April 13, 2012

USMRR Construction Corps

Seven new figures arrived on the layout today. These guys put the figure count for the layout at 246 painted and installed.


Three Perry Metal figures from their camp vignette. They are very well sculpted, though my wife remarked that they
don't look well proportioned with oversized heads, a trait that many wargaming figures share. Nonetheless, I like how
their expressions seem somewhat forlorn as they watch the regiment of 2-year men heading home.

An Arista flag man converted with an Old Glory Hardee Hat head and new paint. I had to modify the hat to remove
the military insignia. With those striped pants and a mauve vest, he is quite dapper for a flagman!


Other than adding some tree stumps in the background, this scene is complete. The sergeant is whooping it up,
while the private remains impassive at attention.


4 comments:

  1. Looking outstanding, Bernie! I 'dig' the plaid shirt on the guy, well... digging. :o)

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  2. Bernie:
    The regiment marching by the flank looks great. The only thing I'd change in that scene is to move the colors to the center of the column instead of the front for prototypical correctness. None of the published tactics have the colors in the front whether marching by the flank or in column.

    I guess I'm a new breed of rivet counter :-)

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  3. Yes, that is true according to drill manuals if this was the head of the column. But, it's possible that the other companies have already marched past. :)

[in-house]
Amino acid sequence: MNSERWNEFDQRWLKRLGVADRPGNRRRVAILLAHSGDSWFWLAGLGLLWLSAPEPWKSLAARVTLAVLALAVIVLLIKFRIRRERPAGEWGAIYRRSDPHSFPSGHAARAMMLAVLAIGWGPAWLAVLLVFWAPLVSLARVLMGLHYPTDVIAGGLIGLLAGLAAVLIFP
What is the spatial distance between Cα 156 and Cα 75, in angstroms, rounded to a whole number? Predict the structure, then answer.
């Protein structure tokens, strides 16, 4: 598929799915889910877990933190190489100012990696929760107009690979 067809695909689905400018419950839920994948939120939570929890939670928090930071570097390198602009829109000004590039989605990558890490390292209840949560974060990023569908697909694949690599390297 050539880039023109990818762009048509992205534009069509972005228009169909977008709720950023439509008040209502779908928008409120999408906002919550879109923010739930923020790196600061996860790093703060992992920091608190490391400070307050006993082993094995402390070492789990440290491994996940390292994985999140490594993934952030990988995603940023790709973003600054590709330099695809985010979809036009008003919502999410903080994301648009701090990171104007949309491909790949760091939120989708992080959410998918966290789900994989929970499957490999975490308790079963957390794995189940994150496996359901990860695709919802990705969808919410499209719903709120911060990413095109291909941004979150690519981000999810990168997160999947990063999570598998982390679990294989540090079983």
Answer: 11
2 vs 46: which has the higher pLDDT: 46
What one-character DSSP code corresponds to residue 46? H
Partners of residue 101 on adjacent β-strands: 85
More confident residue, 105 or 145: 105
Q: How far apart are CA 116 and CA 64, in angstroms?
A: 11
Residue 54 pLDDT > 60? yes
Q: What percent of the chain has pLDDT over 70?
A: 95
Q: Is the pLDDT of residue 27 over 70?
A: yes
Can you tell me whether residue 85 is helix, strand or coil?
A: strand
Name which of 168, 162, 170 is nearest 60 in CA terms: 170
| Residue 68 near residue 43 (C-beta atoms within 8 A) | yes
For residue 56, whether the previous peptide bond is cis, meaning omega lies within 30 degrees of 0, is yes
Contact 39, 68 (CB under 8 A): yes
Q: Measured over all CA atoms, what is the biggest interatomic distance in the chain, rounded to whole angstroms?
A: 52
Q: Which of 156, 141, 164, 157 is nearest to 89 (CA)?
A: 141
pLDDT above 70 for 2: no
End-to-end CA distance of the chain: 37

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  4. If the previous companies already marched past, then the left wing has some serious catching up to do at the next halt!

    There are references to an obscure tactic not found in any of the manuals but used by some brigades in the Army of The Tennessee: Advancing by Column of Eight. General Hazen writes of this when he transferred from the Army of the Cumberland in 1864. There is also mention of it in the regimental history of the 55th Illinois as being used at Chickasaw Bluffs. In this maneuver, from line of battle the wings of the regiment face inward (doubled) towards the colors, the colors advance, and the right wing follows "by file right" and the left wing "by file left" behind the colors. The result is a column eight men abreast following the colors at the head of column. This creates a dense column which can be deployed quickly to the left, right or front by unfolding the wings of the battalion.

    The origin of the maneuver is unknown, but the Colonel of the 55th Illinois had Swedish military training.

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